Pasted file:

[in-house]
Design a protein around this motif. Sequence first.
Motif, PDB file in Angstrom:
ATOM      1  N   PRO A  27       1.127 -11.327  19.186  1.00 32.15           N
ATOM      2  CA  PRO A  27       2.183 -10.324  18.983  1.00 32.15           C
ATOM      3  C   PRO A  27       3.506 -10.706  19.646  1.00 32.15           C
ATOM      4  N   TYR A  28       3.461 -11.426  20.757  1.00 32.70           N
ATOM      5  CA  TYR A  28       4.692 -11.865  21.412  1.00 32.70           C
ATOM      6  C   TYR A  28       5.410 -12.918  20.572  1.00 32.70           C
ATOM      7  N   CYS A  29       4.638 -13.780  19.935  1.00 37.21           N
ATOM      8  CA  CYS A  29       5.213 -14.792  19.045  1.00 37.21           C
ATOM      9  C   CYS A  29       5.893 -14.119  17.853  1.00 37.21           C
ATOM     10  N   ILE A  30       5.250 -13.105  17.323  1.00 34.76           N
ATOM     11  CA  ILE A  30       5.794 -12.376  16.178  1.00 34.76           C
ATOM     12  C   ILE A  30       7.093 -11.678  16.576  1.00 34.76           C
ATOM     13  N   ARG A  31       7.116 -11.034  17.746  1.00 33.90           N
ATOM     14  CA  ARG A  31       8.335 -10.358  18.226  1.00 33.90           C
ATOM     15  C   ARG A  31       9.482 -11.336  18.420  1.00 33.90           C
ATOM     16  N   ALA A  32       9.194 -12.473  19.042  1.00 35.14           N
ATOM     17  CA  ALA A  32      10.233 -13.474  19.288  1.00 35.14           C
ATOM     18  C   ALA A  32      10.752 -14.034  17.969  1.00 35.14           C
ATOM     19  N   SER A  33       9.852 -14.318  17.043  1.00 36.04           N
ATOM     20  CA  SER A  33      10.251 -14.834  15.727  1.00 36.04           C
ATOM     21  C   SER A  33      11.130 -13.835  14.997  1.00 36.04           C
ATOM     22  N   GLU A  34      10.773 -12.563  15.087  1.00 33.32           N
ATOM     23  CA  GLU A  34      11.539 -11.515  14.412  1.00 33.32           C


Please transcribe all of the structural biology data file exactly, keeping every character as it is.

[in-house]
Design a protein around this motif. Sequence first.
Motif, PDB file in Angstrom:
ATOM      1  N   PRO A  27       1.127 -11.327  19.186  1.00 32.15           N
ATOM      2  CA  PRO A  27       2.183 -10.324  18.983  1.00 32.15           C
ATOM      3  C   PRO A  27       3.506 -10.706  19.646  1.00 32.15           C
ATOM      4  N   TYR A  28       3.461 -11.426  20.757  1.00 32.70           N
ATOM      5  CA  TYR A  28       4.692 -11.865  21.412  1.00 32.70           C
ATOM      6  C   TYR A  28       5.410 -12.918  20.572  1.00 32.70           C
ATOM      7  N   CYS A  29       4.638 -13.780  19.935  1.00 37.21           N
ATOM      8  CA  CYS A  29       5.213 -14.792  19.045  1.00 37.21           C
ATOM      9  C   CYS A  29       5.893 -14.119  17.853  1.00 37.21           C
ATOM     10  N   ILE A  30       5.250 -13.105  17.323  1.00 34.76           N
ATOM     11  CA  ILE A  30       5.794 -12.376  16.178  1.00 34.76           C
ATOM     12  C   ILE A  30       7.093 -11.678  16.576  1.00 34.76           C
ATOM     13  N   ARG A  31       7.116 -11.034  17.746  1.00 33.90           N
ATOM     14  CA  ARG A  31       8.335 -10.358  18.226  1.00 33.90           C
ATOM     15  C   ARG A  31       9.482 -11.336  18.420  1.00 33.90           C
ATOM     16  N   ALA A  32       9.194 -12.473  19.042  1.00 35.14           N
ATOM     17  CA  ALA A  32      10.233 -13.474  19.288  1.00 35.14           C
ATOM     18  C   ALA A  32      10.752 -14.034  17.969  1.00 35.14           C
ATOM     19  N   SER A  33       9.852 -14.318  17.043  1.00 36.04           N
ATOM     20  CA  SER A  33      10.251 -14.834  15.727  1.00 36.04           C
ATOM     21  C   SER A  33      11.130 -13.835  14.997  1.00 36.04           C
ATOM     22  N   GLU A  34      10.773 -12.563  15.087  1.00 33.32           N
ATOM     23  CA  GLU A  34      11.539 -11.515  14.412  1.00 33.32           C